This day is simply one more day on the calendar. The eleventh day of September. Another beautiful, sunny day on the cusp between summer and fall.
And yet, this day, September 11th, will never be just another day on the calendar as we remember that beautiful, sunny day in September fifteen years ago—a day that began like so many others with people going about their ordinary, day-to-day lives, and then, in the brief span of a few hours, ended in shock and disbelief as airplanes became weapons of mass destruction, skyscrapers burned and fell to the ground, and smoke and ash filled the air—a day that is “painful to remember but impossible to forget.”
And so, we pause to remember.
We remember with gratitude all the heroes and heroines of that day, the firefighters and emergency responders who demonstrated such courage in the midst of crisis.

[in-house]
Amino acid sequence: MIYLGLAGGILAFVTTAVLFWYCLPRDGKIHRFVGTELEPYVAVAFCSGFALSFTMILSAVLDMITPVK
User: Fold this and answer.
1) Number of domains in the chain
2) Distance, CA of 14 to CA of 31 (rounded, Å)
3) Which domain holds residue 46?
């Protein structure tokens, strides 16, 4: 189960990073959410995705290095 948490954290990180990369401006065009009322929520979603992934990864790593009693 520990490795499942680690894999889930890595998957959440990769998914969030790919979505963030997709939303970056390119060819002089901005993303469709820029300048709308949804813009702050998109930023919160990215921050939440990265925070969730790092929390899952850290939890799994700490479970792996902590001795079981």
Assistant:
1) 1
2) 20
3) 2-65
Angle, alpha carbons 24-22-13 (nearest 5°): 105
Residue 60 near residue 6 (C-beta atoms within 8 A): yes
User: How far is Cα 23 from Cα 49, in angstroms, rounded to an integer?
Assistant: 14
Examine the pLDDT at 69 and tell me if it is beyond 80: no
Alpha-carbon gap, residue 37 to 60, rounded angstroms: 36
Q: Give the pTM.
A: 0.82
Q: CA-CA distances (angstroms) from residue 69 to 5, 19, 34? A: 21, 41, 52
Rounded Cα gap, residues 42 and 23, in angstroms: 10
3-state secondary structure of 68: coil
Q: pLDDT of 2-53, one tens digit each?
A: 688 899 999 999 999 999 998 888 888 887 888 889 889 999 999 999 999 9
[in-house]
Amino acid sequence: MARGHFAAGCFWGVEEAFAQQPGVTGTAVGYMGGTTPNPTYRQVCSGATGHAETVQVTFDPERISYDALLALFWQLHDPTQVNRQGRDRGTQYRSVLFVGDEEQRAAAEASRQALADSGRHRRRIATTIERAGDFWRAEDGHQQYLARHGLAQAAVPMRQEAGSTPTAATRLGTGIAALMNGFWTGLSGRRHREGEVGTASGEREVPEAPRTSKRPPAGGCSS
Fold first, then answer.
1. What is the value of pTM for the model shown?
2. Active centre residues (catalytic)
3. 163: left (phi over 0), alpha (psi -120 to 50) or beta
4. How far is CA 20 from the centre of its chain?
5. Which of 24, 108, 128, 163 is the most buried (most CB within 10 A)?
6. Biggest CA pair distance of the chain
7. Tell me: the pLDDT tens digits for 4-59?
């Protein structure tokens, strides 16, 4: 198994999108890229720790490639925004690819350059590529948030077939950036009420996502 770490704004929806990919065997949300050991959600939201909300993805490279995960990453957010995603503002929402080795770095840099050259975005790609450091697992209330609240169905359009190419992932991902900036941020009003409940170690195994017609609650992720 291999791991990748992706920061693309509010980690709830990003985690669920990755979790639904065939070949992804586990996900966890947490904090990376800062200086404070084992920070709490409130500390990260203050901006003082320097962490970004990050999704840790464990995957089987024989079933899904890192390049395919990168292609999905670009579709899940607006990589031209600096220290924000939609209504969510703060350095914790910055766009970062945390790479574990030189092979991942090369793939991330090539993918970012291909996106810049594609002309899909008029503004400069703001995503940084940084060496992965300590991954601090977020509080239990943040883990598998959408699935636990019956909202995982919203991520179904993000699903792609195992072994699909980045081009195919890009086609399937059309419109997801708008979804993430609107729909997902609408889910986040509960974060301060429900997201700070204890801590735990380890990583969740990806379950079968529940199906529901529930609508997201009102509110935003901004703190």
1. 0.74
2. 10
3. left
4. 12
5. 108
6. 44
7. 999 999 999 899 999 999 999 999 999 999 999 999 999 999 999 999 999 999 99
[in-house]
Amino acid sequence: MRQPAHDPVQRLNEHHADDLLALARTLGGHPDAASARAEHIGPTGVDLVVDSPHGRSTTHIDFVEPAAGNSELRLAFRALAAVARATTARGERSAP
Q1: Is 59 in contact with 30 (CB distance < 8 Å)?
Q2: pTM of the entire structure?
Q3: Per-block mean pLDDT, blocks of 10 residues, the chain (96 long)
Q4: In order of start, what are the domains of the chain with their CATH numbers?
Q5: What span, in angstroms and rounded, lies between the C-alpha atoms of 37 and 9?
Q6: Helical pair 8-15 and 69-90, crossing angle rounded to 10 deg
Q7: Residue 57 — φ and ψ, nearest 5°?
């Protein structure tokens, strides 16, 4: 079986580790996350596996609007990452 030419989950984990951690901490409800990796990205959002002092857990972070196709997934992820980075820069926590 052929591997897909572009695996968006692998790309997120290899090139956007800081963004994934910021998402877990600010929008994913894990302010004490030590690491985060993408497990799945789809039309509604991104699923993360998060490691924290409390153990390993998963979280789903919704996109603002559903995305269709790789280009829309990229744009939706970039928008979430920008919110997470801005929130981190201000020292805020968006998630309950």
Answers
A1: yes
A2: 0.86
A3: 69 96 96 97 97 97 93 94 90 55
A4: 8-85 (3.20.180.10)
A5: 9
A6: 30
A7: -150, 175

We remember in sorrow the innocents who perished, the stockbrokers and janitors, office workers, passengers, and bystanders, women, men, and children, firefighters and police officers who were victims of such calculated and senseless violence.
We remember with hope the voices that called, and still call, for unity in the face of division and hatred and urged peace even as our nation prepared for war.
We remember in bewilderment the ways that the events of that day changed who we are as a nation and continue to haunt us.
And remembering the terror and violence of that day, we rededicate ourselves this day to raising our voices against fanaticism, religious intolerance, racism, violence, terror, and hatred in all of its forms and doing whatever we can to create a future in which all people can live in freedom, community, and peace and without fear.
May it be so because we make it so.
From the Unitarian Universalist Worship Web, by John Saxon: